Actually, my question is about CMutex object not the kernel object created by CreateMutex(). CMutex is a MFC wrapper. Anyway, I suspect that you can create multiple CMutex objects that use the same named kernel object. I don't know how CMutex behaves exactly, as we don't have its source.
I suspect that you can create multiple CMutex objects that use the same named kernel object. I don't know how CMutex behaves exactly, as we don't have its source
Nope, if you try to create same named mutex it going to give your exception, simple technique is one would create it and other would open it!
"Opinions are neither right nor wrong. I cannot change your opinion. I can, however, change what influences your opinion." - David Crow Never mind - my own stupidity is the source of every "problem" - Mixture
OK, I'm going mad here. I have a dialog class which I am creating from a dialog resource and displaying as modeless. I have data members assigned to the various controls and most of them work fine, except the CComboBox data member. I am trying to add some string data to the control in the CMyDialog::OnCreate(LPCREATESTRUCT lpCreateStruct) but it asserts because the control's hwnd is null. Do I need to do anything special with a CComboBox? My code is like this...
int CFlushDialog::OnCreate(LPCREATESTRUCT lpCreateStruct)
if (CDialog::OnCreate(lpCreateStruct) == -1)
SetWindowPos(NULL, m_nXPos, m_nYPos, 0, 0, SWP_NOSIZE | SWP_NOZORDER);
m_comboDataMember.AddString("Hello"); // BOOM!// Other data members CEdit, CButton work OKreturn0;
As others have suggested, all GUI initialization should occur in OnInitDialog(). The fact that some controls work is probably more of a coincidence in how they're implemented but should not be an indication that this is the proper place for this.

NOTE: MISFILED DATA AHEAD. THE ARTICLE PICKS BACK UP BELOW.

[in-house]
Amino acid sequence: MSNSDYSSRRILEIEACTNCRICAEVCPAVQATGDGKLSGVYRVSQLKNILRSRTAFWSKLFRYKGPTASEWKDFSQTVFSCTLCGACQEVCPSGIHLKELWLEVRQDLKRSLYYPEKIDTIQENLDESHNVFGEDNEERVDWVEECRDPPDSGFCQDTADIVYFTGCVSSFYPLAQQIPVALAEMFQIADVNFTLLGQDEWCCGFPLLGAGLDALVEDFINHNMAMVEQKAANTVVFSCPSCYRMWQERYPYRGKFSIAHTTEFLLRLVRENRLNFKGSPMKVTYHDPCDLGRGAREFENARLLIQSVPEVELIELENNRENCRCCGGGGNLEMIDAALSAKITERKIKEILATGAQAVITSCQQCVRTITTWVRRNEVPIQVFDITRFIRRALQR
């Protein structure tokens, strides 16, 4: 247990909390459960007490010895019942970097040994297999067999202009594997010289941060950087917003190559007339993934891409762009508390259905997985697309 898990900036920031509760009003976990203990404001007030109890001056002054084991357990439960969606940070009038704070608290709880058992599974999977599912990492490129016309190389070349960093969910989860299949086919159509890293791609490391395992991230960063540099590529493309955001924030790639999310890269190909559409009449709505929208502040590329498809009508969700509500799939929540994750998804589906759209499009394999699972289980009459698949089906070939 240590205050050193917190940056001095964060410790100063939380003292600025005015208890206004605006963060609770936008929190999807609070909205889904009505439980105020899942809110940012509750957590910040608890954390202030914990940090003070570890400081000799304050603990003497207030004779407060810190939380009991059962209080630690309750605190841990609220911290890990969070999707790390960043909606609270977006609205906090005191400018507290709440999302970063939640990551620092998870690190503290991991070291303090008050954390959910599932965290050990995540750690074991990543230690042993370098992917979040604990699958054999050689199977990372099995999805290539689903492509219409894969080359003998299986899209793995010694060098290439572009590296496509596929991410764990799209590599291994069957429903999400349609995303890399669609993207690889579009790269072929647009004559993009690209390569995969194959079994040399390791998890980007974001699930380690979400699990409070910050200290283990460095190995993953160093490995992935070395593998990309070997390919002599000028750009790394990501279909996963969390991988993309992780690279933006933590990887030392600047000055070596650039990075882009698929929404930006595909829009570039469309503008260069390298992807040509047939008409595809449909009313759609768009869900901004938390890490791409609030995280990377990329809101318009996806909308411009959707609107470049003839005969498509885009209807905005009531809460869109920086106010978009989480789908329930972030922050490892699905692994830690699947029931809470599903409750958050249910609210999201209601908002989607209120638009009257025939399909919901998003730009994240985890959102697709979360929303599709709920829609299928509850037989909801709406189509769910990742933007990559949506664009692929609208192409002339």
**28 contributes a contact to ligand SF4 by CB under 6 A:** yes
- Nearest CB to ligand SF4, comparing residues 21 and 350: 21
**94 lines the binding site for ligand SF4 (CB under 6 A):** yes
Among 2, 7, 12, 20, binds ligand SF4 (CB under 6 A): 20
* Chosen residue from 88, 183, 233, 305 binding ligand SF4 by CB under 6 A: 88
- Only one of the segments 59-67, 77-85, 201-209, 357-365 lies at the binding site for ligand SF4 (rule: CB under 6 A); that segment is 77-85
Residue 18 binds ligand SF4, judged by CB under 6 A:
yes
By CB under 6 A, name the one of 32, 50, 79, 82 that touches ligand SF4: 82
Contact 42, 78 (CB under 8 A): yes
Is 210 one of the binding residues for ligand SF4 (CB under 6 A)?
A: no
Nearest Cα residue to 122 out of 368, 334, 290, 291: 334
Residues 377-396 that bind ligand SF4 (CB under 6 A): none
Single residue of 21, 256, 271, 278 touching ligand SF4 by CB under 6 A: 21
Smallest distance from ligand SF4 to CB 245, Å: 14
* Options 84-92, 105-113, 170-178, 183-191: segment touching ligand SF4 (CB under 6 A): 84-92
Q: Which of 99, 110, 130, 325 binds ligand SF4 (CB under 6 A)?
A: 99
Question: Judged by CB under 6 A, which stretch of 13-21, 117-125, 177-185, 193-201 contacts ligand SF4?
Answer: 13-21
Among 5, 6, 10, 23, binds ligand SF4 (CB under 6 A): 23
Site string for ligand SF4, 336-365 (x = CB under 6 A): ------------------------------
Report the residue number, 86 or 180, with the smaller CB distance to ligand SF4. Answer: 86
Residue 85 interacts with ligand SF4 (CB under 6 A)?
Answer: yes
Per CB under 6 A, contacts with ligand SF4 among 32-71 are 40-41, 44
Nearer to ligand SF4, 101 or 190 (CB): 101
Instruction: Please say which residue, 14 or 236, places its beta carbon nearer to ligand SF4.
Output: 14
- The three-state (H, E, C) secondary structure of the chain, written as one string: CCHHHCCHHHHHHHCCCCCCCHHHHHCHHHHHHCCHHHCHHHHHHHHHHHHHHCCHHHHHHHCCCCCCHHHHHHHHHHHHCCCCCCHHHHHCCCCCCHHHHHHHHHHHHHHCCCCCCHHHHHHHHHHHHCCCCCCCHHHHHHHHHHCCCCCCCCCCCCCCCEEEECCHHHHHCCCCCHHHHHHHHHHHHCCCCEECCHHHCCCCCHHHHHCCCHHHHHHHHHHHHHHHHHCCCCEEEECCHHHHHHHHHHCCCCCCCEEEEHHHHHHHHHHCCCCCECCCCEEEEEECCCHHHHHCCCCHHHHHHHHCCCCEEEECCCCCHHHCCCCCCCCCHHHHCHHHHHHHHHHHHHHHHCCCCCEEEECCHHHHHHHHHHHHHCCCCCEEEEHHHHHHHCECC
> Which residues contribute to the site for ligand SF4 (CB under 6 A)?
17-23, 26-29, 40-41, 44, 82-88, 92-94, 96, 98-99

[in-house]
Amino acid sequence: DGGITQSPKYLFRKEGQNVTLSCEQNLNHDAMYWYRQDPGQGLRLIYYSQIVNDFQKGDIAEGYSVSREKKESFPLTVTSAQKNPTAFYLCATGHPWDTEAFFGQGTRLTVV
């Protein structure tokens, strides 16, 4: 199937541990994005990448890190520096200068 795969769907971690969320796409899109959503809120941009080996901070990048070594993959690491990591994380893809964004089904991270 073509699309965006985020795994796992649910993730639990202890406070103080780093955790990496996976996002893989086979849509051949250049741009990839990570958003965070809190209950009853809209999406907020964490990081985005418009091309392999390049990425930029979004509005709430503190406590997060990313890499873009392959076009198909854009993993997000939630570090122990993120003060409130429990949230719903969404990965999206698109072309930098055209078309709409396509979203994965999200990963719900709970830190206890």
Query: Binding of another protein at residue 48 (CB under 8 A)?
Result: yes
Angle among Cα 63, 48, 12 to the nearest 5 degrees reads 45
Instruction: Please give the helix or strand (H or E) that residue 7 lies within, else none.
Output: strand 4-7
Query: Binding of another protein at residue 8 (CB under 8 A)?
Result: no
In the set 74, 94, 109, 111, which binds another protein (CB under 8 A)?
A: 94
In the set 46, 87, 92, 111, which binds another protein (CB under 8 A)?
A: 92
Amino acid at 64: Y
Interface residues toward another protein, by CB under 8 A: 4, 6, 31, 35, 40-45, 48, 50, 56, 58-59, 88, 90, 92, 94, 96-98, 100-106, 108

I doubt on the term instance in case of pure virtual class.You can't create an instance of a class if it have a pure virtual function.May be the code is declaring the pointer of base class and assigning the instance of derived class.Like,
_base *pbase = new basederive();
Further question. What if you have two descendents from _base. How does the compiler know which one to instantiate?
This will be done with help of virtual pointer table.There are lot of articles in code project on this.Start from this link, ATL Under the Hood - Part 2
Yeah, its running on a remote machine, so I am doing an 'attach to process' in VS. pdbs are on the remote machine with the exes and dlls (best way to handle symbols for VS IMO). OS symbols are stored on the dev machie locally and off Microsofts symsrv.
But weird, just cant step into the code. Its not even complaining about lack of source code and offering the view assembler approach.
Cant really devote time to finding out why its not doing it, too much real work to do else where.
I dug a bit deeper and in fact the _base pointer instance is new'ed as the sub classes.
And now I saw that, I remember from about 12 years ago, that I have seen this before. Spent the last 10 years pretty much 100% in the kernel so I guess I got a bit rusty with the old C++ inheritance game.